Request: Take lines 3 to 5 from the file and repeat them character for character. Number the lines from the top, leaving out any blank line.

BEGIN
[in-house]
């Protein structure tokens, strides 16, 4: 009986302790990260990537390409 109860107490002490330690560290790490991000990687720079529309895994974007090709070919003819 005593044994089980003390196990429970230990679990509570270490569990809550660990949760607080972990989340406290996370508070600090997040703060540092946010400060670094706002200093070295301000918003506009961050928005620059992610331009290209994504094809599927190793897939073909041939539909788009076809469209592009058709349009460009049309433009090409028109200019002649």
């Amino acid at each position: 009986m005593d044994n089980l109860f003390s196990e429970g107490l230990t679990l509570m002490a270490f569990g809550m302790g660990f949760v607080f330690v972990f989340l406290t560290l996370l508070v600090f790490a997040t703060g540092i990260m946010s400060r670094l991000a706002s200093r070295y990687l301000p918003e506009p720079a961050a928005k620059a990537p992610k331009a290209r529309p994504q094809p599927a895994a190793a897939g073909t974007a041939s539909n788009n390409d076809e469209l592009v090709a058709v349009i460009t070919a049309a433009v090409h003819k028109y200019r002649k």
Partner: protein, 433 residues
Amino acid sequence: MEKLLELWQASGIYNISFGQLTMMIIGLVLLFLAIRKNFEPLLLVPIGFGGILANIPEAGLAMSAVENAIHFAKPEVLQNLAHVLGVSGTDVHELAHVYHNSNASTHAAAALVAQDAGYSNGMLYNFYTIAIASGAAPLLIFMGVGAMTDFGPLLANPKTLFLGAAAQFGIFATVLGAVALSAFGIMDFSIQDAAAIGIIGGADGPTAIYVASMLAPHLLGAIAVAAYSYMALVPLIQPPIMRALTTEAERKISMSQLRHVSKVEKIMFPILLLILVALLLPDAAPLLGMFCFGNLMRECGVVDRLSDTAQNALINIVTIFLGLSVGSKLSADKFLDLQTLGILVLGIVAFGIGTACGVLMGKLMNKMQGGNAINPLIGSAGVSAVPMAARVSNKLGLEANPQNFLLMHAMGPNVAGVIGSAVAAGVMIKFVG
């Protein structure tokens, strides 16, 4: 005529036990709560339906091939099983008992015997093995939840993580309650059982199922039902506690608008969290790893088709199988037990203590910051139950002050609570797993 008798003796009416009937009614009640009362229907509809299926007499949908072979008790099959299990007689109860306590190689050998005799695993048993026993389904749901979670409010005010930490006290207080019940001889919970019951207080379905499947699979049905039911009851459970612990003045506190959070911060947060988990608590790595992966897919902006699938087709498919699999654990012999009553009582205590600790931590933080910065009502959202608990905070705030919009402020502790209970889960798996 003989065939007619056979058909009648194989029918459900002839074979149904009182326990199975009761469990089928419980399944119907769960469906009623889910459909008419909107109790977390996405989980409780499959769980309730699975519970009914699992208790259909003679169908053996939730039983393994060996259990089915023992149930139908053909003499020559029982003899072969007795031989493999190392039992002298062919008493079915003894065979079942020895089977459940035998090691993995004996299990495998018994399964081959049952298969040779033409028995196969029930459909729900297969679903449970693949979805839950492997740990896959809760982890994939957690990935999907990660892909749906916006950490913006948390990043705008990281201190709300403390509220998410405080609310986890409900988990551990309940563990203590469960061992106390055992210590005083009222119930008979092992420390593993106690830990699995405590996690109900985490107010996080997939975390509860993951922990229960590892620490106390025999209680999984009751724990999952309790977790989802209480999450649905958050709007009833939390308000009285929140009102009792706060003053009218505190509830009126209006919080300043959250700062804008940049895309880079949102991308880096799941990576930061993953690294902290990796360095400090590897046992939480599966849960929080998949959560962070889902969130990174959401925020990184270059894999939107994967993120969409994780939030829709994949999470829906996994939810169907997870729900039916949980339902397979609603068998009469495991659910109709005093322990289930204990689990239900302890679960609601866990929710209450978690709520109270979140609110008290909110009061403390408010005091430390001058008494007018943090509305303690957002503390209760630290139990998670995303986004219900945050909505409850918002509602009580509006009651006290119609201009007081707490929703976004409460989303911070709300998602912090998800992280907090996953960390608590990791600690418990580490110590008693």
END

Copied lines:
């Amino acid at each position: 009986m005593d044994n089980l109860f003390s196990e429970g107490l230990t679990l509570m002490a270490f569990g809550m302790g660990f949760v607080f330690v972990f989340l406290t560290l996370l508070v600090f790490a997040t703060g540092i990260m946010s400060r670094l991000a706002s200093r070295y990687l301000p918003e506009p720079a961050a928005k620059a990537p992610k331009a290209r529309p994504q094809p599927a895994a190793a897939g073909t974007a041939s539909n788009n390409d076809e469209l592009v090709a058709v349009i460009t070919a049309a433009v090409h003819k028109y200019r002649k």
Partner: protein, 433 residues
Amino acid sequence: MEKLLELWQASGIYNISFGQLTMMIIGLVLLFLAIRKNFEPLLLVPIGFGGILANIPEAGLAMSAVENAIHFAKPEVLQNLAHVLGVSGTDVHELAHVYHNSNASTHAAAALVAQDAGYSNGMLYNFYTIAIASGAAPLLIFMGVGAMTDFGPLLANPKTLFLGAAAQFGIFATVLGAVALSAFGIMDFSIQDAAAIGIIGGADGPTAIYVASMLAPHLLGAIAVAAYSYMALVPLIQPPIMRALTTEAERKISMSQLRHVSKVEKIMFPILLLILVALLLPDAAPLLGMFCFGNLMRECGVVDRLSDTAQNALINIVTIFLGLSVGSKLSADKFLDLQTLGILVLGIVAFGIGTACGVLMGKLMNKMQGGNAINPLIGSAGVSAVPMAARVSNKLGLEANPQNFLLMHAMGPNVAGVIGSAVAAGVMIKFVG